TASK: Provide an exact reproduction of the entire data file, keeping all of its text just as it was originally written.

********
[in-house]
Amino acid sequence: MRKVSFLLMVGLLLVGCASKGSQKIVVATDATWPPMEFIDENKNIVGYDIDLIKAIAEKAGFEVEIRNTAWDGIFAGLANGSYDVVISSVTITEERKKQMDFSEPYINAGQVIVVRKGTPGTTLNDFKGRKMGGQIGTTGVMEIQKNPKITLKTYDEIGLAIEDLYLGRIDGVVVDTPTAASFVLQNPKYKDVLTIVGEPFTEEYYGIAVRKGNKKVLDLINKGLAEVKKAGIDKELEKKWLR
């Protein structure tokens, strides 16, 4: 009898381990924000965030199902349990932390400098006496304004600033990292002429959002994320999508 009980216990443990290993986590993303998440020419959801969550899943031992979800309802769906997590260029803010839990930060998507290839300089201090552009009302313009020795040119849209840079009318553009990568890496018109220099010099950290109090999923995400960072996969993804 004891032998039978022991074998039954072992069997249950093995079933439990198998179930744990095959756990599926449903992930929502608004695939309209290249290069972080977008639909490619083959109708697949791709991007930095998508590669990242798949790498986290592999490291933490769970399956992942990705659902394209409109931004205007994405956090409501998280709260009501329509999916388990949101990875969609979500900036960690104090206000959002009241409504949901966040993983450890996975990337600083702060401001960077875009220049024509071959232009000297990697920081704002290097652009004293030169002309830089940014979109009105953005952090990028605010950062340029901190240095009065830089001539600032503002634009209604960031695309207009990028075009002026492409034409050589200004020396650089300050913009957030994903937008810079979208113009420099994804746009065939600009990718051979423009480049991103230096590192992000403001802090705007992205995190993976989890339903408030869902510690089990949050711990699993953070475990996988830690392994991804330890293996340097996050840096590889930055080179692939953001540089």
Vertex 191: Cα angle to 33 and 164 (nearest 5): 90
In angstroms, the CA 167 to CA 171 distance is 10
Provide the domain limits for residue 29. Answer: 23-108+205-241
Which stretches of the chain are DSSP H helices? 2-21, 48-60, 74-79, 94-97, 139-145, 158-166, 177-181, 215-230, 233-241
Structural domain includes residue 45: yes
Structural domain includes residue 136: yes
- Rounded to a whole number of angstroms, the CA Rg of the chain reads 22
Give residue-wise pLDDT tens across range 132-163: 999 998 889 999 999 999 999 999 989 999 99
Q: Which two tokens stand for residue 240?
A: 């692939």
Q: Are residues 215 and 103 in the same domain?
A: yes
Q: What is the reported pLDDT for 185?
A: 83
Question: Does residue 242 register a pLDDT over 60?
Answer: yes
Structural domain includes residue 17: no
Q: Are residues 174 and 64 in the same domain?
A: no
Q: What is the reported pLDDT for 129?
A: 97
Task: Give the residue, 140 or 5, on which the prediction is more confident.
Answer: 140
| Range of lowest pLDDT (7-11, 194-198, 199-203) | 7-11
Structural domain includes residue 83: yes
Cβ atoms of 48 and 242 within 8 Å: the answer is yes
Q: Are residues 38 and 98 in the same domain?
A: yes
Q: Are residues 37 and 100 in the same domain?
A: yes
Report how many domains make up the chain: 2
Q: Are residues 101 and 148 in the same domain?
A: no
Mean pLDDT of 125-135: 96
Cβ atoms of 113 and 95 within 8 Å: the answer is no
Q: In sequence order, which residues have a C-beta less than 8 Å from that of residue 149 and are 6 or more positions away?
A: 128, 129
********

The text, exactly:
[in-house]
Amino acid sequence: MRKVSFLLMVGLLLVGCASKGSQKIVVATDATWPPMEFIDENKNIVGYDIDLIKAIAEKAGFEVEIRNTAWDGIFAGLANGSYDVVISSVTITEERKKQMDFSEPYINAGQVIVVRKGTPGTTLNDFKGRKMGGQIGTTGVMEIQKNPKITLKTYDEIGLAIEDLYLGRIDGVVVDTPTAASFVLQNPKYKDVLTIVGEPFTEEYYGIAVRKGNKKVLDLINKGLAEVKKAGIDKELEKKWLR
């Protein structure tokens, strides 16, 4: 009898381990924000965030199902349990932390400098006496304004600033990292002429959002994320999508 009980216990443990290993986590993303998440020419959801969550899943031992979800309802769906997590260029803010839990930060998507290839300089201090552009009302313009020795040119849209840079009318553009990568890496018109220099010099950290109090999923995400960072996969993804 004891032998039978022991074998039954072992069997249950093995079933439990198998179930744990095959756990599926449903992930929502608004695939309209290249290069972080977008639909490619083959109708697949791709991007930095998508590669990242798949790498986290592999490291933490769970399956992942990705659902394209409109931004205007994405956090409501998280709260009501329509999916388990949101990875969609979500900036960690104090206000959002009241409504949901966040993983450890996975990337600083702060401001960077875009220049024509071959232009000297990697920081704002290097652009004293030169002309830089940014979109009105953005952090990028605010950062340029901190240095009065830089001539600032503002634009209604960031695309207009990028075009002026492409034409050589200004020396650089300050913009957030994903937008810079979208113009420099994804746009065939600009990718051979423009480049991103230096590192992000403001802090705007992205995190993976989890339903408030869902510690089990949050711990699993953070475990996988830690392994991804330890293996340097996050840096590889930055080179692939953001540089």
Vertex 191: Cα angle to 33 and 164 (nearest 5): 90
In angstroms, the CA 167 to CA 171 distance is 10
Provide the domain limits for residue 29. Answer: 23-108+205-241
Which stretches of the chain are DSSP H helices? 2-21, 48-60, 74-79, 94-97, 139-145, 158-166, 177-181, 215-230, 233-241
Structural domain includes residue 45: yes
Structural domain includes residue 136: yes
- Rounded to a whole number of angstroms, the CA Rg of the chain reads 22
Give residue-wise pLDDT tens across range 132-163: 999 998 889 999 999 999 999 999 989 999 99
Q: Which two tokens stand for residue 240?
A: 């692939």
Q: Are residues 215 and 103 in the same domain?
A: yes
Q: What is the reported pLDDT for 185?
A: 83
Question: Does residue 242 register a pLDDT over 60?
Answer: yes
Structural domain includes residue 17: no
Q: Are residues 174 and 64 in the same domain?
A: no
Q: What is the reported pLDDT for 129?
A: 97
Task: Give the residue, 140 or 5, on which the prediction is more confident.
Answer: 140
| Range of lowest pLDDT (7-11, 194-198, 199-203) | 7-11
Structural domain includes residue 83: yes
Cβ atoms of 48 and 242 within 8 Å: the answer is yes
Q: Are residues 38 and 98 in the same domain?
A: yes
Q: Are residues 37 and 100 in the same domain?
A: yes
Report how many domains make up the chain: 2
Q: Are residues 101 and 148 in the same domain?
A: no
Mean pLDDT of 125-135: 96
Cβ atoms of 113 and 95 within 8 Å: the answer is no
Q: In sequence order, which residues have a C-beta less than 8 Å from that of residue 149 and are 6 or more positions away?
A: 128, 129